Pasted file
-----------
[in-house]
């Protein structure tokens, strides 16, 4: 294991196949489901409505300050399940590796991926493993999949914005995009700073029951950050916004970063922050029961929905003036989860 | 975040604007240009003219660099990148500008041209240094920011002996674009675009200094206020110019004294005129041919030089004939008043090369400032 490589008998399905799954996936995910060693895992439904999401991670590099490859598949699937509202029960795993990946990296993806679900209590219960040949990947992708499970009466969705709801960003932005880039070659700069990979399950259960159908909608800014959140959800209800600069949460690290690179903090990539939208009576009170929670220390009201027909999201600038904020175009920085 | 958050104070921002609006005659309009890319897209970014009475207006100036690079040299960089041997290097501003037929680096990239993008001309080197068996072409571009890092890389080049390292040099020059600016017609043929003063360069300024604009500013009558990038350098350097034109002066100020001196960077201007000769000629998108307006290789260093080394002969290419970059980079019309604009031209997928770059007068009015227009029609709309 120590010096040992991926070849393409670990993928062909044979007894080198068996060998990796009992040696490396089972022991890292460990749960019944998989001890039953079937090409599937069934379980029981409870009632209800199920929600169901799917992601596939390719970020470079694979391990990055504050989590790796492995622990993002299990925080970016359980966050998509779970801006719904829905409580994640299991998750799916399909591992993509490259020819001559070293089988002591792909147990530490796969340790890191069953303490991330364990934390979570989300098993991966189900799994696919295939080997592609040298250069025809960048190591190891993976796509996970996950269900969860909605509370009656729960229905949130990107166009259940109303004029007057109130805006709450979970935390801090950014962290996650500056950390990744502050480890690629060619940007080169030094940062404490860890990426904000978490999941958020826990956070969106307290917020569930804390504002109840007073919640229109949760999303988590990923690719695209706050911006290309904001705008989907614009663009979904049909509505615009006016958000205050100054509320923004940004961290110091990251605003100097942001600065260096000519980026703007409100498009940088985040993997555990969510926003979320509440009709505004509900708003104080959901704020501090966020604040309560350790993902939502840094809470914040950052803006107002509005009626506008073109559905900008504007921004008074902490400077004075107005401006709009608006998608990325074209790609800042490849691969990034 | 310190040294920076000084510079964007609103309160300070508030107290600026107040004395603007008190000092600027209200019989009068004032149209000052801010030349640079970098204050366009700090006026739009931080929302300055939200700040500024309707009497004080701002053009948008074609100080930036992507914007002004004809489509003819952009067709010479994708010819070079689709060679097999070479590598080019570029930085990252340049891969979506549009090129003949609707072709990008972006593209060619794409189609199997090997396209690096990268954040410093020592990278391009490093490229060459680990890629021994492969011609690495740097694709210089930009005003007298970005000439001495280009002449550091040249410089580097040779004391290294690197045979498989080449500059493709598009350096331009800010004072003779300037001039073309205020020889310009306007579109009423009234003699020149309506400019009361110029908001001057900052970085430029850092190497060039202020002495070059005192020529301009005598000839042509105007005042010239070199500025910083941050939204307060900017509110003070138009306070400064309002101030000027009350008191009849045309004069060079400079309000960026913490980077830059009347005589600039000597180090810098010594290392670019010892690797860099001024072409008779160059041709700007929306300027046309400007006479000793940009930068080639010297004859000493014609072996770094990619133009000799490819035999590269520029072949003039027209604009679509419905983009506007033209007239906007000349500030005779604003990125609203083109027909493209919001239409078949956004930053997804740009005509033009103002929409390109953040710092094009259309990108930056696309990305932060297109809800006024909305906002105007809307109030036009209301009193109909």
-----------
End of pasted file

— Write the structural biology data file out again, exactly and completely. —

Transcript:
[in-house]
């Protein structure tokens, strides 16, 4: 294991196949489901409505300050399940590796991926493993999949914005995009700073029951950050916004970063922050029961929905003036989860 | 975040604007240009003219660099990148500008041209240094920011002996674009675009200094206020110019004294005129041919030089004939008043090369400032 490589008998399905799954996936995910060693895992439904999401991670590099490859598949699937509202029960795993990946990296993806679900209590219960040949990947992708499970009466969705709801960003932005880039070659700069990979399950259960159908909608800014959140959800209800600069949460690290690179903090990539939208009576009170929670220390009201027909999201600038904020175009920085 | 958050104070921002609006005659309009890319897209970014009475207006100036690079040299960089041997290097501003037929680096990239993008001309080197068996072409571009890092890389080049390292040099020059600016017609043929003063360069300024604009500013009558990038350098350097034109002066100020001196960077201007000769000629998108307006290789260093080394002969290419970059980079019309604009031209997928770059007068009015227009029609709309 120590010096040992991926070849393409670990993928062909044979007894080198068996060998990796009992040696490396089972022991890292460990749960019944998989001890039953079937090409599937069934379980029981409870009632209800199920929600169901799917992601596939390719970020470079694979391990990055504050989590790796492995622990993002299990925080970016359980966050998509779970801006719904829905409580994640299991998750799916399909591992993509490259020819001559070293089988002591792909147990530490796969340790890191069953303490991330364990934390979570989300098993991966189900799994696919295939080997592609040298250069025809960048190591190891993976796509996970996950269900969860909605509370009656729960229905949130990107166009259940109303004029007057109130805006709450979970935390801090950014962290996650500056950390990744502050480890690629060619940007080169030094940062404490860890990426904000978490999941958020826990956070969106307290917020569930804390504002109840007073919640229109949760999303988590990923690719695209706050911006290309904001705008989907614009663009979904049909509505615009006016958000205050100054509320923004940004961290110091990251605003100097942001600065260096000519980026703007409100498009940088985040993997555990969510926003979320509440009709505004509900708003104080959901704020501090966020604040309560350790993902939502840094809470914040950052803006107002509005009626506008073109559905900008504007921004008074902490400077004075107005401006709009608006998608990325074209790609800042490849691969990034 | 310190040294920076000084510079964007609103309160300070508030107290600026107040004395603007008190000092600027209200019989009068004032149209000052801010030349640079970098204050366009700090006026739009931080929302300055939200700040500024309707009497004080701002053009948008074609100080930036992507914007002004004809489509003819952009067709010479994708010819070079689709060679097999070479590598080019570029930085990252340049891969979506549009090129003949609707072709990008972006593209060619794409189609199997090997396209690096990268954040410093020592990278391009490093490229060459680990890629021994492969011609690495740097694709210089930009005003007298970005000439001495280009002449550091040249410089580097040779004391290294690197045979498989080449500059493709598009350096331009800010004072003779300037001039073309205020020889310009306007579109009423009234003699020149309506400019009361110029908001001057900052970085430029850092190497060039202020002495070059005192020529301009005598000839042509105007005042010239070199500025910083941050939204307060900017509110003070138009306070400064309002101030000027009350008191009849045309004069060079400079309000960026913490980077830059009347005589600039000597180090810098010594290392670019010892690797860099001024072409008779160059041709700007929306300027046309400007006479000793940009930068080639010297004859000493014609072996770094990619133009000799490819035999590269520029072949003039027209604009679509419905983009506007033209007239906007000349500030005779604003990125609203083109027909493209919001239409078949956004930053997804740009005509033009103002929409390109953040710092094009259309990108930056696309990305932060297109809800006024909305906002105007809307109030036009209301009193109909």